The second reason is this practice is illegal under US laws.
The third reason is that Kim Jong-un’s death by no means guarantees solving the problem. The more likely scenario is that power would pass directly to one of his children in accordance with a pre-agreed succession plan. Either his sister, Kim Yo-jong , or his wife, Ri Sol-ju will act as regent until his elected heir is old enough to take control of the communist de-facto monarchy. … The success of this type of regency and succession would depend on support from the military.
An alternate possibility is the country descending into absolute chaos after such an assassination. Recent examples of the deaths of Saddam Hussein and Muammar Gaddafi show that the removal of such strongmen can bring dangerous fragmentation and enduring conflict that destabilize regions for decades ahead.
The final and most likely possibility is that the “head of the snake” keeps biting for a few minutes after it is decapitated … the North Korean military start firing everything they have.
[Excerpts of an Opinion by Alexander Gillespie, professor of international law at the University of Waikato, New Zealand]
With a few strokes on a computer tablet, the wide-eyed look of Yong-chul takes shape. In his late 20s, the cartoon character is the face of a young North Korean defector, who has recently arrived in South Korea and is bewildered by his new home.
Yong-chul is the alter ego of Choi Seong-guk, “but better looking and more expressive,” says Choi. Choi himself arrived in Seoul seven years ago, surviving a journey through four countries that took months to complete. He’s been able to turn his creative skills to his advantage, not only to support himself, but also to convey what being a defector from North Korea means. (In the North, he was an animator at Pyongyang’s leading SEK studio when he was arrested and jailed for selling DVDs of banned South Korean movies.)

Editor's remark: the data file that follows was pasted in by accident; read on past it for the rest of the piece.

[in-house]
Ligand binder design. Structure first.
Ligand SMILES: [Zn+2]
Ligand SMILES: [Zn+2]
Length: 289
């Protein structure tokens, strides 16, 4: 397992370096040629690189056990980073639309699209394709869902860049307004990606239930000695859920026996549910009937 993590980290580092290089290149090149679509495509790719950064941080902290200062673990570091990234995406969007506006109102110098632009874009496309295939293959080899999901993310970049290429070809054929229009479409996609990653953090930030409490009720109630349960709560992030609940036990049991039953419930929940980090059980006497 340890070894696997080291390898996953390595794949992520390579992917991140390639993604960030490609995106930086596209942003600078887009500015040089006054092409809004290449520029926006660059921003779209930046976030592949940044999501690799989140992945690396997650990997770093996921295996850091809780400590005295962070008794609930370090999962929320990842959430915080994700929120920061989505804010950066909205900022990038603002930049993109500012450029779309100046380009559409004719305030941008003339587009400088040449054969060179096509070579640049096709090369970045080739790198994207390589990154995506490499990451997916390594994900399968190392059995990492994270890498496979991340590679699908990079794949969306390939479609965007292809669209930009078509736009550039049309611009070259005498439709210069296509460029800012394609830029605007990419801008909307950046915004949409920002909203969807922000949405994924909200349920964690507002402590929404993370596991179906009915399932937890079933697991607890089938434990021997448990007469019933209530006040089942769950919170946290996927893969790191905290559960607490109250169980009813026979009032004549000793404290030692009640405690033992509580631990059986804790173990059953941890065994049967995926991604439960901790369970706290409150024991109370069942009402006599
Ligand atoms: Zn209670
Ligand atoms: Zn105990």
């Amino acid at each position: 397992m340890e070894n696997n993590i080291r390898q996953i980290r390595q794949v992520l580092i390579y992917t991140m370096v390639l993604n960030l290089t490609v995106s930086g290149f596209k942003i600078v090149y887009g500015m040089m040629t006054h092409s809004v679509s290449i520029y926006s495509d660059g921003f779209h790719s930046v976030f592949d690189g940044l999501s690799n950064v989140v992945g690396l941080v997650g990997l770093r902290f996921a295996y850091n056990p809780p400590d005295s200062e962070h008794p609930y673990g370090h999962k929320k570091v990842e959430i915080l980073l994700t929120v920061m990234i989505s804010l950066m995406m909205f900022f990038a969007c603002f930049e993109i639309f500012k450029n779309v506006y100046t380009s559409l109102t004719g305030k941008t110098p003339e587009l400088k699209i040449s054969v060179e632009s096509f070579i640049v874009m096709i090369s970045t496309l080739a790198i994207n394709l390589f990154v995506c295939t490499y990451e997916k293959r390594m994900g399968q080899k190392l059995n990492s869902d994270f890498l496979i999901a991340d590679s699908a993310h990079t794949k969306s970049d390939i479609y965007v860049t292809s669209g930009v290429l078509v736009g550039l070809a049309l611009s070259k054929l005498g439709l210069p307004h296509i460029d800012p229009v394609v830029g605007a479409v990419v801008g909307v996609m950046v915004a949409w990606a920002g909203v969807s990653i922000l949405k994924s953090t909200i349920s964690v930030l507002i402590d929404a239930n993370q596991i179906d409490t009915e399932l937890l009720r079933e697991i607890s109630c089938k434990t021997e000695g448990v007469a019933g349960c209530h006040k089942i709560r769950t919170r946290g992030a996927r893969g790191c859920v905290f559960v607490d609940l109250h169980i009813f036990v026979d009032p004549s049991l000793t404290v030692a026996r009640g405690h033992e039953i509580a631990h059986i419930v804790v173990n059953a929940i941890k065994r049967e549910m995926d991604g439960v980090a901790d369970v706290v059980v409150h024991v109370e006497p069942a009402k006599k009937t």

He escaped north through China, following a route of more than 8,000 kilometers to end up living on the outskirts of Seoul, only 80 kilometers from the heavily fortified and impassable North Korean border.
Today, Choi communicates his impressions of life in the North — and the challenges of defecting to the South — in a series of popular online cartoons. Some are in the dark style of graphic novels, showing the risks of getting shot while crossing the border, being tortured if caught and dragged off to your execution.
“You will often be victimized by louder and stronger people,” he writes in one of his cartoons, above a drawing of a young man being bullied by a bigger character who looks a lot like North Korean leader Kim Jong-un.
Aside from chronicling the experiences of the newcomers, Choi also helps those who want to leave North Korea. He says he passes along contacts, advice and sometimes money to three to five defectors a month who are determined to make the dicey journey.
The defector’s trip usually starts with bribes to officials and payments to brokers who help them leave North Korea. They take their chances crossing rivers and mountains by foot. There’s even an underground railway — a network of safe houses through China — designed to dodge authorities. The lucky ones make it to Laos, Myanmar or Thailand and on to Seoul with the help of NGOs, Christian groups and South Korean diplomats abroad.
The government in the South offers help once they arrive. There is a modest allowance of about $1,000 a month as well as grants of up to $20,000 for things like a down payment on a house.
Defectors go through several months of socialization at government centers, and often they need classes to reach South Korean levels of education. NGOs like the Citizens’ Alliance for North Korean Human Rights offer tutoring in English, math and other skills needed in a competitive market economy.
But no matter how much they feel at home in the South, most still worry about the people they left behind, especially when there are threats of “total destruction” flying between Pyongyang and Washington every day and news of missile tests and underground nuclear explosions.